Joanna Łątka was born in a country situated at the crossroads of the spirituality and emotionality of the East and the intellect of the West. In a bygone empire. In a country where, in the time of too many wars, poets turned to soldiers and musicians turned to politicians. In the country of Andrzej Wajda, Krzysztof Kieślowski, Czesław Miłosz and Zbigniew Herbert.
Joanna Łątka was born in Poland.
She was born just before the collapse of communism in the city of Kraków, which was a lucky coincidence. Kraków has always been a major centre for Polish art and culture. It is a place where the old and the new are relative notions. It is a place where the tombs of kings adjoin the banality of grim communist-era concrete blocks.
Kraków is also a major venue for important encounters.
Joanna Łątka has been painting and drawing since she was a child. She’s been painting at home, she’s been painting on the floor, she’s been painting everywhere. She has maintained this spontaneous quality until today, in spite of a thorough artistic and pedagogical training, which sometimes is useful, but is also often nothing short of the taming.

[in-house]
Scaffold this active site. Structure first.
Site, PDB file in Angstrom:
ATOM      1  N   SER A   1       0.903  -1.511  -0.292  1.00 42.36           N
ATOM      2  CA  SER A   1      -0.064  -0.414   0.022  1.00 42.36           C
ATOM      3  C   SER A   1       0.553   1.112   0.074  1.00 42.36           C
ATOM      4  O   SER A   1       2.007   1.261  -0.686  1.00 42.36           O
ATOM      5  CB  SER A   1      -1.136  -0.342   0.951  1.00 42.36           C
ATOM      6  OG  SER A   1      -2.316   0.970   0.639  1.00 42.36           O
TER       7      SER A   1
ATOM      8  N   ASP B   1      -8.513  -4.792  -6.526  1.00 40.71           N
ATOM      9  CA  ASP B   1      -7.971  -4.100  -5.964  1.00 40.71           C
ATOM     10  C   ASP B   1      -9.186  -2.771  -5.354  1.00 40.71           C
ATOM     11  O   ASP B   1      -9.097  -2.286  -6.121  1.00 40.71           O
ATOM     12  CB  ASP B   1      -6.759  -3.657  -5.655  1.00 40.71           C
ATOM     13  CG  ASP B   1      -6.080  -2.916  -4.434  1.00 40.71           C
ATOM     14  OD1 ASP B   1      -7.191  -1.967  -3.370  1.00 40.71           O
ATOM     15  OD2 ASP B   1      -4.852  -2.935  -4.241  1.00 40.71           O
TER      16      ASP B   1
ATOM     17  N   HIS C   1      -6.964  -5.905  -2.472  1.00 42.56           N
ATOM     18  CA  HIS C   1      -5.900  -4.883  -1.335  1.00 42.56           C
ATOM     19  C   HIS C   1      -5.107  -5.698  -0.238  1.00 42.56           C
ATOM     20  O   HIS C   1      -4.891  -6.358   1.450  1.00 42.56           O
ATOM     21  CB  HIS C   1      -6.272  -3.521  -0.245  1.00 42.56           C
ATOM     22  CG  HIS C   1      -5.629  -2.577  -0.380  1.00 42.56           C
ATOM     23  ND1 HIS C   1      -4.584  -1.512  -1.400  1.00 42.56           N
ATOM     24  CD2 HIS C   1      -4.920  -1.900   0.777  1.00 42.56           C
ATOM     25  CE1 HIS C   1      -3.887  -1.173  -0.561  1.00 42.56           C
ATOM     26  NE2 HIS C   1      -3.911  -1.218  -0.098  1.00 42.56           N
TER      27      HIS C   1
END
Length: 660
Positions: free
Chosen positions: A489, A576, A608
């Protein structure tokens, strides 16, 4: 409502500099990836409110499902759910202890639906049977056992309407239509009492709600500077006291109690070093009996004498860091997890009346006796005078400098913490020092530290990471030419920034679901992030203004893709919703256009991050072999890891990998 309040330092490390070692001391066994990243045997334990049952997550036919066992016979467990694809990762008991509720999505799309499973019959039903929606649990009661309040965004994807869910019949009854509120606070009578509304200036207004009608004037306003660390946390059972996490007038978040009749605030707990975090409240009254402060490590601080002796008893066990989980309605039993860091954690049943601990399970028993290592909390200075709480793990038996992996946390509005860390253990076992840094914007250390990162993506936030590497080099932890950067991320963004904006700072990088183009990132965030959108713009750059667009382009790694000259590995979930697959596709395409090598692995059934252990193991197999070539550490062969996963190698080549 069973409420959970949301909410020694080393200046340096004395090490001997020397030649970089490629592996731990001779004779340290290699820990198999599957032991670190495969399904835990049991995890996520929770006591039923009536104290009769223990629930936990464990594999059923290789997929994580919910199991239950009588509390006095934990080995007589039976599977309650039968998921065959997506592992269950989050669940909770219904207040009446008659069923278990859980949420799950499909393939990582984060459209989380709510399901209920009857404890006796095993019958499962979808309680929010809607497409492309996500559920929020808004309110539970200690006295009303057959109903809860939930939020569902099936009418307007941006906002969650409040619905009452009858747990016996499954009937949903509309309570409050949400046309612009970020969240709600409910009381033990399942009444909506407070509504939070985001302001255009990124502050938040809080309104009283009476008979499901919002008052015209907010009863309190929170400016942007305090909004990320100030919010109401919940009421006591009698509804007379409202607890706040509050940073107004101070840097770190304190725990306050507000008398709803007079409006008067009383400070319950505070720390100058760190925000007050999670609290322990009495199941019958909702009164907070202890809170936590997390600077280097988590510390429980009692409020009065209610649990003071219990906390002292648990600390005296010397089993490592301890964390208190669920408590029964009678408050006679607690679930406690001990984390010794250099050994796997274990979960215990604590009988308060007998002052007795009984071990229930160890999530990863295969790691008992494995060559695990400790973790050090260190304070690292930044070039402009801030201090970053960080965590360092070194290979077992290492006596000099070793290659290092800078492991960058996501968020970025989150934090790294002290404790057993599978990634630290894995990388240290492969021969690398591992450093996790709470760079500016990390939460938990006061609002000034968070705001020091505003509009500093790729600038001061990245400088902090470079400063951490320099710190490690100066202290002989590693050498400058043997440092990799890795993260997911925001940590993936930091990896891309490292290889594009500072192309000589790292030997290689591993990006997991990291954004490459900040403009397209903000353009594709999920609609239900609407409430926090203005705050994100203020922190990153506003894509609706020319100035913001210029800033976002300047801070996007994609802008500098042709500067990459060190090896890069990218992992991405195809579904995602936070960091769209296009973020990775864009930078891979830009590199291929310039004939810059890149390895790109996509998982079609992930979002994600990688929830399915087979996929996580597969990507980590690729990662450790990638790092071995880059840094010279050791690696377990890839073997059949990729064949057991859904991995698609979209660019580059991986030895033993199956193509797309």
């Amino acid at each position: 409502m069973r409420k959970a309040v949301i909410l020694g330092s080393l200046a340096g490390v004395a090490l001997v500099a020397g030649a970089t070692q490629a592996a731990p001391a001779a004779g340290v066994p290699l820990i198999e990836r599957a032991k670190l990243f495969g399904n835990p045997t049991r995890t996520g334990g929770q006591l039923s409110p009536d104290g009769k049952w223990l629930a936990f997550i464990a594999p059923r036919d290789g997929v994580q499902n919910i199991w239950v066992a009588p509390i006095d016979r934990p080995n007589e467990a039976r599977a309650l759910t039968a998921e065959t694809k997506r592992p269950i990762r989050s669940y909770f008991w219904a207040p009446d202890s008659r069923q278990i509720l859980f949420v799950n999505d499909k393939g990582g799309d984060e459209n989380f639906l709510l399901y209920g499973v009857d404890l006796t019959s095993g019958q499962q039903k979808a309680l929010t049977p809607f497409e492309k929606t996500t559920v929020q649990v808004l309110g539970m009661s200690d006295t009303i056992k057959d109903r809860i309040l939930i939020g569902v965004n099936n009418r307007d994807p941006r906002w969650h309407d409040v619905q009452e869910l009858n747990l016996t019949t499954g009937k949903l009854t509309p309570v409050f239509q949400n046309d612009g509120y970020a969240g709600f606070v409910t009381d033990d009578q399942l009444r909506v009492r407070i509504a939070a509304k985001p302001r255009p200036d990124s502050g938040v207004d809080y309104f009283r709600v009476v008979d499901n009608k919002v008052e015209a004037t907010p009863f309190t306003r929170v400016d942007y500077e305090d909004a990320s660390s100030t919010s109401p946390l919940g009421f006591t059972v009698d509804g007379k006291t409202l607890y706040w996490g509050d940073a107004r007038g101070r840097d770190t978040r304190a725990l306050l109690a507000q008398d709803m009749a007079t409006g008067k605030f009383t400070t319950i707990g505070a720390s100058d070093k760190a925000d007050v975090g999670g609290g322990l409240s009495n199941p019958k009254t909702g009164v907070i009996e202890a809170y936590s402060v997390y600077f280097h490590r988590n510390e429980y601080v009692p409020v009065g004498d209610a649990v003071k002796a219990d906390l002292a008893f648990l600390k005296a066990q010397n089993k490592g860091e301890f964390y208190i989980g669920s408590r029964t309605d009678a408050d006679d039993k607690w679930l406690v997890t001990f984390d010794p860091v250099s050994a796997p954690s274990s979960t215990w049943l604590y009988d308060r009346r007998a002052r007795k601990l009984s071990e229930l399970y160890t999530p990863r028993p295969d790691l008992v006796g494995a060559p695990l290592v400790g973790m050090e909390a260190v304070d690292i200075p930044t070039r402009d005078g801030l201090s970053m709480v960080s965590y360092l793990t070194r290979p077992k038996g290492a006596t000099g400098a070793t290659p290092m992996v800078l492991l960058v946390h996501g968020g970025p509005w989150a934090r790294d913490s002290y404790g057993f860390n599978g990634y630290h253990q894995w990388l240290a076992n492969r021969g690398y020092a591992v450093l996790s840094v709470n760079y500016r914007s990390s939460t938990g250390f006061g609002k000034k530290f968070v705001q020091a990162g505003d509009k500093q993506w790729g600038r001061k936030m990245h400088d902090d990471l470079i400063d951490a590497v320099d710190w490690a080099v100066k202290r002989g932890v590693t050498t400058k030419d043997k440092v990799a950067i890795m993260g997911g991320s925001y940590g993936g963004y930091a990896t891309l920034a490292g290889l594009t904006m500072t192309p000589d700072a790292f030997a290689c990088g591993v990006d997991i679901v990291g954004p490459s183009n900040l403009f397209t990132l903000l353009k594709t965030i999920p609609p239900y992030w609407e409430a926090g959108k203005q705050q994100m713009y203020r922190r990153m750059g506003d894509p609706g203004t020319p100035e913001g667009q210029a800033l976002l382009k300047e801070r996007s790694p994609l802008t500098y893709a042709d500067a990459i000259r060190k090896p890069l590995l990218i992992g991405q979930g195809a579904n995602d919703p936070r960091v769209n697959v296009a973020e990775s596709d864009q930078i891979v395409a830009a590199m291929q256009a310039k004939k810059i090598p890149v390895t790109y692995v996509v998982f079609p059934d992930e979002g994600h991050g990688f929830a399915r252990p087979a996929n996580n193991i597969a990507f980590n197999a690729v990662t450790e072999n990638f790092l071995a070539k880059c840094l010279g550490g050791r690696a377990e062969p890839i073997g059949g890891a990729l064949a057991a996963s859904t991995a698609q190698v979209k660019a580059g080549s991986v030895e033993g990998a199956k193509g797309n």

It’s impossible to tame the imagination of Joanna Łątka. Her works are a life diary and a variety of one of the trends of expressionism. They are also both an existentialist question and an existentialist answer.
Her works depict everyday life, but nevertheless are able to raise unusual reactions. Standing in front of them we can feel the authenticity of the transfusion of emotions made by the artist.
Joanna Łątka, with her existentialist roots and romantic structure, is an exceptional artist. She is also a courageous person. Most fascinatingly for me, she finds her home in Portugal. Among the culture, tradition, art, history and the people of Portugal.
Her Portuguese adventure is certainly a very rewarding experience. I’m happy to wish her luck.
Professor Piotr Jargusz
Kraków, September 12, 2007